Even if you're not a programmer, you can figure out hexadecimal values pretty easily with the Windows Calculator (calc.exe). Just enter the number you want to convert and click the Hex radio button to see the hexadecimal equivalent; 435 decimal is equal to 1B3 hex.

Tip: If you aren't sure about the meaning of a specific Registry value, don't be afraid to experiment. Experimenting might include editing a value with the Registry Editor, but it might be easier or safer to work from the other end: open the application whose data is stored there (e.g., a Control Panel applet), change a setting, and watch how the Registry data changes. In this way, you can derive the meaning of many binary-encoded values. Note that although the Registry data will often change immediately, you may need to press F5 (Refresh) to force the Registry Editor to display the newly affected data. It's a good idea, though, to make a backup copy of a Registry key before making any changes.


This is much like a DWORD value, with one difference: it is a 64-bit value, rather than a 32-bit value like DWORD.

Part 4

Registry Protection in Windows Vista

Many of the changes made in Windows Vista have to do with safety and security, and with ensuring that the operating system doesn't accidentally become damaged. Toward that end, in Windows Vista, only accounts with administrator privileges can make changes to the Registry. This affects not just editing the Registry directly, but also taking an action that will change the Registry, such as installing software.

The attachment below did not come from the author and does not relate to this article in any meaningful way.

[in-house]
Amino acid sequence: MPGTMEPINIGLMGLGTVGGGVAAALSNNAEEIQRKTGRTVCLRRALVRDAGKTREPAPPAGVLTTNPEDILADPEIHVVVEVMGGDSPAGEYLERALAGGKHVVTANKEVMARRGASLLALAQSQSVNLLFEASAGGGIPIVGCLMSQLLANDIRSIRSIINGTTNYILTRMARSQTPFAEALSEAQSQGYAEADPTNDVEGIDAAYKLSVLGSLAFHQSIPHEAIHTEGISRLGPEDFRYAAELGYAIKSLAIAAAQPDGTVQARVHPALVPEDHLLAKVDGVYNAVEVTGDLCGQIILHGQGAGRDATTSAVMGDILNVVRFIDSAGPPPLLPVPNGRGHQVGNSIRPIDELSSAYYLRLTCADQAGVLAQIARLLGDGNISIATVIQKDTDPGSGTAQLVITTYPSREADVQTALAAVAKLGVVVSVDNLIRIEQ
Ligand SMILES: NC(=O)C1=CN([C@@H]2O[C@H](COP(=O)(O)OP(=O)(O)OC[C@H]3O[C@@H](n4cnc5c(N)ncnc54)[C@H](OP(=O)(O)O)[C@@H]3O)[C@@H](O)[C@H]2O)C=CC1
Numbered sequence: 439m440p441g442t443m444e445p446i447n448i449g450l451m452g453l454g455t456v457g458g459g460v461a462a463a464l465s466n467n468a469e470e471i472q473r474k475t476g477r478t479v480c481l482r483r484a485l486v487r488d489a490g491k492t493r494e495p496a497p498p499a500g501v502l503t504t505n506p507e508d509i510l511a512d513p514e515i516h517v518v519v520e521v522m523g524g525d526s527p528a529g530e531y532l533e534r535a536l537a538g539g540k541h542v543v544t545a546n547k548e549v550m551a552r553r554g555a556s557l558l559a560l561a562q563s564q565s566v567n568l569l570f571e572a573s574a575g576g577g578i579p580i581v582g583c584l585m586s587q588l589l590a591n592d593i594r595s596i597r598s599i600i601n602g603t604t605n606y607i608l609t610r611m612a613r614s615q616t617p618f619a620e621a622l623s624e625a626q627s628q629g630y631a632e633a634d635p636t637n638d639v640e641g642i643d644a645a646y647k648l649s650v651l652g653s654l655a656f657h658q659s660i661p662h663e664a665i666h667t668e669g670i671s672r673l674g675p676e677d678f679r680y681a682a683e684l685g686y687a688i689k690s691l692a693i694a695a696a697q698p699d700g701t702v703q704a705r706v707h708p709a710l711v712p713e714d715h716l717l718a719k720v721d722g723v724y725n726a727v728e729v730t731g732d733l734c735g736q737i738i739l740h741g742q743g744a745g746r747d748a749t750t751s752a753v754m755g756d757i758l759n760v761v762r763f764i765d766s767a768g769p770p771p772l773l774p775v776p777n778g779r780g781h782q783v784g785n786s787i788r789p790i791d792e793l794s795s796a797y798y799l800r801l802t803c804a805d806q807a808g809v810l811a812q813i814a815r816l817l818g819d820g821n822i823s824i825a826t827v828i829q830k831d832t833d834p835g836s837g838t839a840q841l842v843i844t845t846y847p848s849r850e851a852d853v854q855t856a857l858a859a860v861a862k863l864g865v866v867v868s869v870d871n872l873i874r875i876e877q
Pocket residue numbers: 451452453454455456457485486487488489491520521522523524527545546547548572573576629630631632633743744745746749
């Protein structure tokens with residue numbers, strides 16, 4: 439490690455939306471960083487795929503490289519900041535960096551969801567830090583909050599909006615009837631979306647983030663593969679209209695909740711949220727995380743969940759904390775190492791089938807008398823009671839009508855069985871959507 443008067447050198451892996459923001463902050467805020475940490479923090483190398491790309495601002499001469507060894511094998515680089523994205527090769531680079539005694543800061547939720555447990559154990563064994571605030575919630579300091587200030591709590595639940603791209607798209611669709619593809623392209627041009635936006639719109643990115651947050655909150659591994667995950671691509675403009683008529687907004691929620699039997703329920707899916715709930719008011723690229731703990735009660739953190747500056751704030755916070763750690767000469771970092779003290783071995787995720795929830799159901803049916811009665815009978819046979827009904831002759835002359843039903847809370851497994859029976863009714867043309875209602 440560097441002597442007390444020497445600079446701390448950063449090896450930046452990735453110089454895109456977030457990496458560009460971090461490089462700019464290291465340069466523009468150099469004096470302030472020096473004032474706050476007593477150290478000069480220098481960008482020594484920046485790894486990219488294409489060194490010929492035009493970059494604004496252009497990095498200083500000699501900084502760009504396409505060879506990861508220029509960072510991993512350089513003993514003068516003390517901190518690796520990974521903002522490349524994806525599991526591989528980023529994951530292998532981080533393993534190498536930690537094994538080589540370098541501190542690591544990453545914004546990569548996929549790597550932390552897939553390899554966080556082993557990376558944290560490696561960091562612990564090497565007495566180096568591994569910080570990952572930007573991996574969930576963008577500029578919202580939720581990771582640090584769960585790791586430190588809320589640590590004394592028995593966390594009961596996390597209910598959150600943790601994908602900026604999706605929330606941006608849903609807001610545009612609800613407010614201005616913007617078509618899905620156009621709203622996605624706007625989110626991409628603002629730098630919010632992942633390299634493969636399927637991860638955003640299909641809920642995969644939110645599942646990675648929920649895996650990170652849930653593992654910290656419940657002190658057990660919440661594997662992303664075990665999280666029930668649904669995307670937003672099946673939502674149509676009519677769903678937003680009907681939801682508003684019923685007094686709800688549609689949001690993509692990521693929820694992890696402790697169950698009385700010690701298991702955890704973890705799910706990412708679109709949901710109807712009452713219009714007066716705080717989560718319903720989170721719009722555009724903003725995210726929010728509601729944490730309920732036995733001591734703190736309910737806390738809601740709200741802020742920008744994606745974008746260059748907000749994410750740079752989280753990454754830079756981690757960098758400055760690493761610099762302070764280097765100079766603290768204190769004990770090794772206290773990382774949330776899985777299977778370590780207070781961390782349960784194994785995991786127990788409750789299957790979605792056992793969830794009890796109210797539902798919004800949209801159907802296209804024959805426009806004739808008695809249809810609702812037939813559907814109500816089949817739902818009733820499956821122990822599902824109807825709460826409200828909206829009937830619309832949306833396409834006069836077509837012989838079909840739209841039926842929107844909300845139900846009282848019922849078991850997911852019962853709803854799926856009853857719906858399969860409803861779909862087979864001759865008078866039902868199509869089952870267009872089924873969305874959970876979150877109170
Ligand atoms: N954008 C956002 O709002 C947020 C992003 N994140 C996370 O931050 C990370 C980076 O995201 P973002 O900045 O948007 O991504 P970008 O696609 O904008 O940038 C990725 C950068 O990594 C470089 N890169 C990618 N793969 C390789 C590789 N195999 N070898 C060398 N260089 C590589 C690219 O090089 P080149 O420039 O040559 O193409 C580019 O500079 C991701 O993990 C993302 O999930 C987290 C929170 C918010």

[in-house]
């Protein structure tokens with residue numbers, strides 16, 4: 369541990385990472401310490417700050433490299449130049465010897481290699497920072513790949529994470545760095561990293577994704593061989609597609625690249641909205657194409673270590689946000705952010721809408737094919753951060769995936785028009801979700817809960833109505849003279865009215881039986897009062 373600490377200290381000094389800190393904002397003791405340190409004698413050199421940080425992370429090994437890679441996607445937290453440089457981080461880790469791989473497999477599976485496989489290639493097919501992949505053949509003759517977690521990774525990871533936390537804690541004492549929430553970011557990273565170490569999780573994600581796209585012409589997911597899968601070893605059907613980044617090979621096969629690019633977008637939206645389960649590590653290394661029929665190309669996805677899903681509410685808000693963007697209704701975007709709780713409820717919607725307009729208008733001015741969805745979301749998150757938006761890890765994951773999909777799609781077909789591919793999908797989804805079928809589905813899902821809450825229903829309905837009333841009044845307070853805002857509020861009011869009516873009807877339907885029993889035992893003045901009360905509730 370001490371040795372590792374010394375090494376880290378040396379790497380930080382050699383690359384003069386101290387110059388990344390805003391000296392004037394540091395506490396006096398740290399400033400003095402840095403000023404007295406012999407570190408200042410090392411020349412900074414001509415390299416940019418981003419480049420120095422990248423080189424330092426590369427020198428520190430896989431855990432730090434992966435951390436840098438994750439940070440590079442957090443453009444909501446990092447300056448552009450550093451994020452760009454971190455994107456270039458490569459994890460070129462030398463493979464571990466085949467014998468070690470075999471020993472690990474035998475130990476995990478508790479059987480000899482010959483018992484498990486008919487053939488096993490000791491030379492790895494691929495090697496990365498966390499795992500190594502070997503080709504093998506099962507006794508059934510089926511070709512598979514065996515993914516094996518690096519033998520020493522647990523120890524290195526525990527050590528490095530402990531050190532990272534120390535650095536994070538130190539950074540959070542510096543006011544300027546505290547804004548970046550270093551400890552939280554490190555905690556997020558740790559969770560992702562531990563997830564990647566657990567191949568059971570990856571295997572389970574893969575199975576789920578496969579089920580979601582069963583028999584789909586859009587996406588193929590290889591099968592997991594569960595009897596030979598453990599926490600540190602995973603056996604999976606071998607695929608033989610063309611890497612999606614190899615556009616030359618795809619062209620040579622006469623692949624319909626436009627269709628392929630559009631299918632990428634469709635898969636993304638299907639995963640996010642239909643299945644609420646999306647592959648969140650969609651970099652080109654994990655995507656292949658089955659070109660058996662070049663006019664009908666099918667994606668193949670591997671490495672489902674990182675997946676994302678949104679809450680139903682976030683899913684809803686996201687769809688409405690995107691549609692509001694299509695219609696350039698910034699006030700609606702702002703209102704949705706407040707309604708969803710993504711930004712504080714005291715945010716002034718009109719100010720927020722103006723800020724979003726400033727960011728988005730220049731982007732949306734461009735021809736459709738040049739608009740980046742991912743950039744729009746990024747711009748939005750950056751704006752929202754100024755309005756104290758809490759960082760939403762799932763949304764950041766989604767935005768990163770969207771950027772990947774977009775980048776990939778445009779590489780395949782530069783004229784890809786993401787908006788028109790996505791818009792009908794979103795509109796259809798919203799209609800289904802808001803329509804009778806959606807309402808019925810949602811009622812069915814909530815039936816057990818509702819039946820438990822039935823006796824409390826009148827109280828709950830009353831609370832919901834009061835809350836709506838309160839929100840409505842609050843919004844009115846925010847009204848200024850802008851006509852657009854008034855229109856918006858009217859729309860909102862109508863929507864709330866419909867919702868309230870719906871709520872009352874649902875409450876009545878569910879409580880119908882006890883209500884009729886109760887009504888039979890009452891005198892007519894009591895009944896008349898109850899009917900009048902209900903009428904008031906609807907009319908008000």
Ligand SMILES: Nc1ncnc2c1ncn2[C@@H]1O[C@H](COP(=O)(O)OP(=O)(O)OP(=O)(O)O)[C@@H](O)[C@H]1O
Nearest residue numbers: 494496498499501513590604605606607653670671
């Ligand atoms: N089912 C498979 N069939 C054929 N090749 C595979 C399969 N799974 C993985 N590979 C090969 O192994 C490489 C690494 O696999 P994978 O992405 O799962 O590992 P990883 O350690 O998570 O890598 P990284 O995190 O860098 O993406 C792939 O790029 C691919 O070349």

So, what happens when a standard user wants to edit the Registry or make a change that affects the Registry? Windows Vista handles that in several ways:

When a standard user tries to run the Registry Editor, User Account Control (UAC) springs into action, asking for an administrator password. If one is provided, the Registry Editor can be used and changes made. If none is provided, the Registry Editor will not be allowed to run, and no changes will be made.

When a standard user installs software, UAC will ask for an administrator password. If the user provides one, the software will make the appropriate changes to the %SystemRoot% and %ProgramFiles% folders and to the Registry.

If a legacy application fails to work correctly with UAC, Vista will use a new feature called file and Registry virtualization. This will create virtual %SystemRoot% and %ProgramFiles% folders, and a virtual HKEY_LOCAL_MACHINE Registry entry. These virtual folders and entry are stored with the user's files. So the Registry itselfas well as the %SystemRoot% and %ProgramFiles% foldersare not altered in any way, so system files and the Registry are protected.